Darby Scott: A Personal Reminiscence

A black and white photo in which a man in a tie speaks with another man
Russell "Darby" Scott greets Frank E. Brown at a reception at Villa Aurelia, 1982 (photograph from the American Academy in Rome, Institutional Archive)

Helen “Ili“ Nagy (1986 Fellow, 2009 Resident) has kindly allowed AAR to publish her reminiscence of Russell “Darby” T. Scott Jr., who died on May 28 and whose death the entire AAR community notes with deep sorrow.

The sad news of Darby Scott’s (1966 Fellow, 1979 Resident) death reached me a few days ago. I offer these remarks with deep gratitude for sharing his knowledge of Rome and for his extraordinary kindness. I met Darby in the sixties, but I came to know him during my AAR Fellowship in 1985–86. Darby was the Andrew W. Mellon Professor-in-Charge of the School of Classical Studies. His duties included the weekly Walks and Talks in and around Rome, supplemented by longer excursions. These site visits stand out among my memories of that magical year as the most outstanding on-site talks I have ever experienced. They were not only factually informative, but they brought to life the long history that enveloped the given site under consideration. We saw the monuments “in context.” Darby’s walks were attended by fellows from diverse fields. The writer Oscar Hijuelos comes to mind. He was so fascinated with the ancient sites, that he returned to Rome several summers after our fellowship year to help on Darby’s excavation in the Forum. I also did the same. 

Darby knew many Italian and foreign scholars in Rome and he made it his responsibility to introduce fellows to experts in their field. I remain grateful for all of the contacts he facilitated on my behalf by invitations of scholars to lunch or dinner, cocktails, letters of introduction, and so on. It was a young scholar’s paradise.

Professor Frank E. Brown (1933 Fellow, 1954 and 1955 Resident) was Director and Mellon Professor at AAR during Darby’s fellowship from 1964 to 1966. Brown was also the director of the excavations at the Latin colony of Cosa, where a number of fellows, including Darby and his wife-to-be Ann, excavated during the summer. Darby’s dedication to Cosa lasted a lifetime. His devotion to the site was matched by his admiration for Brown, who continued to work at his desk in the “Cosa room” into his old age. As a Fellow, I witnessed Darby’s kind respect for his now diminished mentor. He would visit Brown at his desk in the Cosa room to help him make sense of the piles of notes in front of him. Brown was invited to all events at the Scotts’ house and respectfully introduced to important visitors. Ann paid daily visits to the Browns’ apartment to help Jacky with chores and a persistent wound on her foot that needed attention. The Scotts’ kindness was accompanied by unflagging respect. At evening meals I often sat next to Frank Brown. I don’t remember the topics of our conversations, but I do remember that always the gentleman, after each meal he offered me a digestivo.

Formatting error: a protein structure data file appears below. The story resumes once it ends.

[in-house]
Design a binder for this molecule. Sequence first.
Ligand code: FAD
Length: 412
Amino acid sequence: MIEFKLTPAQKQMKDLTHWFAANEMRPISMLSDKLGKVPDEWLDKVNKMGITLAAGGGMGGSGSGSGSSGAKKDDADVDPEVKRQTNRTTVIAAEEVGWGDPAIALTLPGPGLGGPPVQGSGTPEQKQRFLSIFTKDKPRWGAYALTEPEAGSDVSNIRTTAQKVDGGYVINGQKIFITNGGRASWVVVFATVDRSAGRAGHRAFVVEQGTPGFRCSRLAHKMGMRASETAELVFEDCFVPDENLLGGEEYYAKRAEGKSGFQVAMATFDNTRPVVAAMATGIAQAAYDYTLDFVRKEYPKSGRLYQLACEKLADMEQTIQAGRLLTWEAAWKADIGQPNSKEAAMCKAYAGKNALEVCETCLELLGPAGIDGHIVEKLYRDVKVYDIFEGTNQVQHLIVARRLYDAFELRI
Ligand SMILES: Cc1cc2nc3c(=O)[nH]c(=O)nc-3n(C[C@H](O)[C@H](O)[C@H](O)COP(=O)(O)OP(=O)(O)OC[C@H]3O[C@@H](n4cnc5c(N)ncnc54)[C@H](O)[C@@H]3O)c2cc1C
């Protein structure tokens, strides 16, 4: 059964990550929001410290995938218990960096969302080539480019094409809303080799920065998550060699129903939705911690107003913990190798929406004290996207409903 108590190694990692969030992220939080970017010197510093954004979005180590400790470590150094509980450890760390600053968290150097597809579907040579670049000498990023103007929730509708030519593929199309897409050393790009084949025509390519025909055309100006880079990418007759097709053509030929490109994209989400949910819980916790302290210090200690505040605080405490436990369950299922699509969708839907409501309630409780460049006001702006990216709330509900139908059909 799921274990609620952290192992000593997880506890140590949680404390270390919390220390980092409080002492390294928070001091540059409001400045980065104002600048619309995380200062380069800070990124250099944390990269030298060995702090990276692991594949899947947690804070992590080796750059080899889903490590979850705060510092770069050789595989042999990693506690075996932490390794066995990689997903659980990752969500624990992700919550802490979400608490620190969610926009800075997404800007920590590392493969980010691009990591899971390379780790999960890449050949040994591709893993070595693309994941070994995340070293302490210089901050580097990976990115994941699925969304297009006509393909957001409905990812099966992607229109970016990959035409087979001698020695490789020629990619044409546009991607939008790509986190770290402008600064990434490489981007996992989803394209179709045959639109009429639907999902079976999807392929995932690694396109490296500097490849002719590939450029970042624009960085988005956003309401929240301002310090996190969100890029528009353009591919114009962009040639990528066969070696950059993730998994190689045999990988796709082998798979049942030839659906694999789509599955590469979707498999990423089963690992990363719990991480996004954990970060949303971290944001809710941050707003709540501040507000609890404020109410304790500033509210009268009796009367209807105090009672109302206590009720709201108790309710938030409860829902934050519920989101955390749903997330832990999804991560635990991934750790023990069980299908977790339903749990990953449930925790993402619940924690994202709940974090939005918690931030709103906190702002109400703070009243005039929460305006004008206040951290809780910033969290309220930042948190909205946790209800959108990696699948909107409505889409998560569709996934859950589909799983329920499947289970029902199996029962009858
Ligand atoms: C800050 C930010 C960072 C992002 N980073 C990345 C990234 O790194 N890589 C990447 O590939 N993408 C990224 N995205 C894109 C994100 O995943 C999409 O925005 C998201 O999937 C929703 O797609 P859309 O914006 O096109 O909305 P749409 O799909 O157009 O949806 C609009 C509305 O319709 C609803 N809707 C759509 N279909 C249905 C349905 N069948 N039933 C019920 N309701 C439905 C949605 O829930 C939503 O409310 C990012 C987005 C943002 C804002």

In addition to the excavations at Cosa, Darby also continued work on a couple of sites in the Roman Forum where he welcomed help from a number of amateur archaeologists. I was fortunate to be among these, along with Oscar Hijuelos, Linda Bettman, and others. We provided some help and learned much. Darby’s kindness extended not only to his friends on the site, but to the workmen. Never a harsh word.

I owe a great deal to Darby Scott. I learned how to teach on site, I learned so much about the history and topography of Rome, I met fellow Etruscologists. But most of all, I learned how to be a kinder human being. By the end of my fellowship, I had forged a deep friendship with Darby and Ann. I am grateful to them.

Editor’s note: The American Academy in Rome provides additional biographical information about Darby Scott below.

Russell T. Scott Jr. was born in Lewiston, Idaho, in 1938. He received his BA in 1960 from Stanford University in classics and philosophy and earned an MA and PhD from Yale University, both in classics, in 1962 and 1964, respectively. At Yale, Scott held the predoctoral Sterling Fellowship from 1963 to 1964; the following year he was awarded a Fulbright to travel to Italy. He next won the Rome Prize Fellowship in classical studies and archaeology, which allowed him to remain in Italy until 1966.

Scott’s association with the American Academy was deep. For one, it was during his Rome Prize Fellowship that he met his wife, Ann Reynolds Scott, a 1967 Fellow; they both participated in Frank E. Brown’s excavations at Cosa. Scott later held multiple other positions at the Academy: Director of the Classical Summer School from 1974 to 1976; Resident in 1979; Andrew W. Mellon Professor-in-Charge from 1984 to 1988; and codirector of the Academy’s summer program in archaeology during most of the 1990s. He edited or published multiple volumes from AAR’s monograph series, including The Hellenistic, Roman, and Medieval Glass from Cosa (2017), Excavations in the Area Sacra of Vesta (1987–1996) (2009), and Religion and Philosophy in the Histories of Tacitus (1968). 

Scott’s expertise was in Roman archaeology and history of the republican and imperial periods with special reference to Italy and the western provinces. He mentored countless undergraduate and graduate students at Bryn Mawr College, where he taught for over fifty years. Scott joined Bryn Mawr’s faculty as assistant professor in 1966, became a professor in 1978, and was lately Doreen C. Spitzer Professor Emeritus of Latin and Classical Studies. Until recently, Scott served as director of the Cosa Excavations and was editor of the Cosa publications from 1984 up to the time of his death. He is survived by his wife, Ann Scott; his son, Charley (who is married to Emily); and his grandchildren, Billy and Lizzy.

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